How to Ensure 'Protect and Serve' Doesn't Become 'Protect and Intrude'
Body cameras have the potential to be a transparency win for both police and the public. But they’ve got to be deployed with some strong policies to avoid becoming yet another intrusive or ineffective surveillance system.
San Diego Police Chief Shelley Zimmerman recently announced her department will outfit officers at three divisions with body cameras by the end of June.
While body cameras have the potential to be a transparency win for both police and the public, they’ve got to be deployed within a framework of strong policies to protect residents without becoming yet another intrusive or ineffective surveillance system.
Here are some guidelines the San Diego Police Department should consider as it determines its policies and the public sets its expectations.
• Department-wide, officers wearing the cameras should be required to record every interaction with the public. Failure to do so should result in disciplinary action.
• Policymakers may want to consider an exclusionary rule for evidence obtained during an interaction that should have been recorded and wasn’t, or a presumption against an officer where there is a claim of misconduct that comes from an unrecorded incident.
• Recording should be limited to uniformed officers so citizens know to expect it, with an exception for SWAT raids and similar uses of force involving non-uniformed officers.
• When practicable, officers should be required to notify citizens that they are being recorded.
• When entering a home, officers should provide clear notice that cameras are recording, except in emergency situations. A request to turn off the camera should itself be recorded. Cameras should never be turned off during a SWAT raid or similar use of force.
• An ideal policy would also limit the use of recordings to investigations of misconduct, and situations in which the police have reasonable suspicion that a recording contains evidence of a crime.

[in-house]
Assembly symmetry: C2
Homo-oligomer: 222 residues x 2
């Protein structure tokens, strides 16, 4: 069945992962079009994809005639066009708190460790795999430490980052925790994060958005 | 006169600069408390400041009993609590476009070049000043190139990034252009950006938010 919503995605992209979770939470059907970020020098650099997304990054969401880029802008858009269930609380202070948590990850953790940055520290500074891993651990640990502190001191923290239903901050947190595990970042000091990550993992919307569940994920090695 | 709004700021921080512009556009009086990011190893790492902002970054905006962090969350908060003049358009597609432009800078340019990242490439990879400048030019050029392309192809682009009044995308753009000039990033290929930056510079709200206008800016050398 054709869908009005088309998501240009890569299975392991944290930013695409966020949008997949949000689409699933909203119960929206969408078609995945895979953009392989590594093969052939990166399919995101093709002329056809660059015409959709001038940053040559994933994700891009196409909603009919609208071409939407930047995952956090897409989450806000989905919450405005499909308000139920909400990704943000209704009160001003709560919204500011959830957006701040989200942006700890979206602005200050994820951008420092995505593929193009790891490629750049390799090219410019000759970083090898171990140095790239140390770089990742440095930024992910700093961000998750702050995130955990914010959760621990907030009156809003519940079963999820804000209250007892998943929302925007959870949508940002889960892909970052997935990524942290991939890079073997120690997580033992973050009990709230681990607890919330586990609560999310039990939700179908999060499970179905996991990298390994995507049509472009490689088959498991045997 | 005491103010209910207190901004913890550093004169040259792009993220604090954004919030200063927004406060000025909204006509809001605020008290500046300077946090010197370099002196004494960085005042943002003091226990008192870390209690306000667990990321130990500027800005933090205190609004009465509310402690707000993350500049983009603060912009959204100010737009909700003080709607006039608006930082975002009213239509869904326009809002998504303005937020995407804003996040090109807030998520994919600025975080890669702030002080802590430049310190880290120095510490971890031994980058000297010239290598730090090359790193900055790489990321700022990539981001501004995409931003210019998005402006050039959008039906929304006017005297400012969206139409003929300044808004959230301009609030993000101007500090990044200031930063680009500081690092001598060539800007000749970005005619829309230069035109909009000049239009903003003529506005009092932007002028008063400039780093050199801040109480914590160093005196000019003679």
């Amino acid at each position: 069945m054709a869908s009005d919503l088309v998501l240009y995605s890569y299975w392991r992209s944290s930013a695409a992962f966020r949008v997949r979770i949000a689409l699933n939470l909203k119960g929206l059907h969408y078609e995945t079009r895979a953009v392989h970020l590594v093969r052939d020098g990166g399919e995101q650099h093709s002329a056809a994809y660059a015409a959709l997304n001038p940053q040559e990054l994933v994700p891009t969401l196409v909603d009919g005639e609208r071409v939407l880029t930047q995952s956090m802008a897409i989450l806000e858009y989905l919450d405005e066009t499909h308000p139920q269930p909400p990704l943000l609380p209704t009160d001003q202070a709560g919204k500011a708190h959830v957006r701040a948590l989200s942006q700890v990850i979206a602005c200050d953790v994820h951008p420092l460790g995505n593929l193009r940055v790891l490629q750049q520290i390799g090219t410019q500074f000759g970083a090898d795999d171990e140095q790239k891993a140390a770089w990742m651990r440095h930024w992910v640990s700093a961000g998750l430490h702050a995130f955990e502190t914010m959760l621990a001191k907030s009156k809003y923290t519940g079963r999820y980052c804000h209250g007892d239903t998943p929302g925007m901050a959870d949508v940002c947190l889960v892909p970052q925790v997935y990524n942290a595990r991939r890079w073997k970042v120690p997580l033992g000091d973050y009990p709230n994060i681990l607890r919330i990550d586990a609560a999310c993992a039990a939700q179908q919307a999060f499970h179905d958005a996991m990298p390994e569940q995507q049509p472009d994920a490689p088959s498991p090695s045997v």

• People recorded by body cameras should have access to, and the right to make copies of, those recordings, for however long the government maintains copies of them. That should also apply to disclosure to a third party, or to criminal defense lawyers seeking relevant evidence.
• Public disclosure of recordings should be limited, in accord with the right to privacy, after giving the subject notice and an opportunity to object to disclosure if necessary.
• Where feasible, the recording should be redacted to protect the privacy of individuals involved. This may include blurring or blacking out portions of video and/or distorting audio to obscure the identity of the subject.
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Although the use of surveillance cameras in American life is generally suspicious, police body cameras are different. These have a high potential to serve as a check against the abuse of power by police officers. Cameras can help protect the public against police misconduct, and at the same time protect police against false accusations of abuse.
It’s in the best interest of the police to maintain public confidence by taking proper precautions and putting these policies in place. We don’t want victims to be afraid to call for help because they fear video of their officer interactions will go public or reach the wrong party.
The department will need to continually evaluate the impact of body cameras. That analysis should measure if privacy violations are occurring, and if so, what kind and how often, as well as any impact on crime reporting.
Fitting SDPD officers with cameras will generate an enormous amount of footage and raises many tricky issues. But if appropriate policies for recording, retention, access, use and technology are followed, the public need not fear unwarranted invasions of privacy.
Kellen Russoniello is a staff attorney at the ACLU of San Diego & Imperial Counties. Russoniello’s commentary has been edited for style and clarity. See anything in there we should fact check? Tell us what to check out here.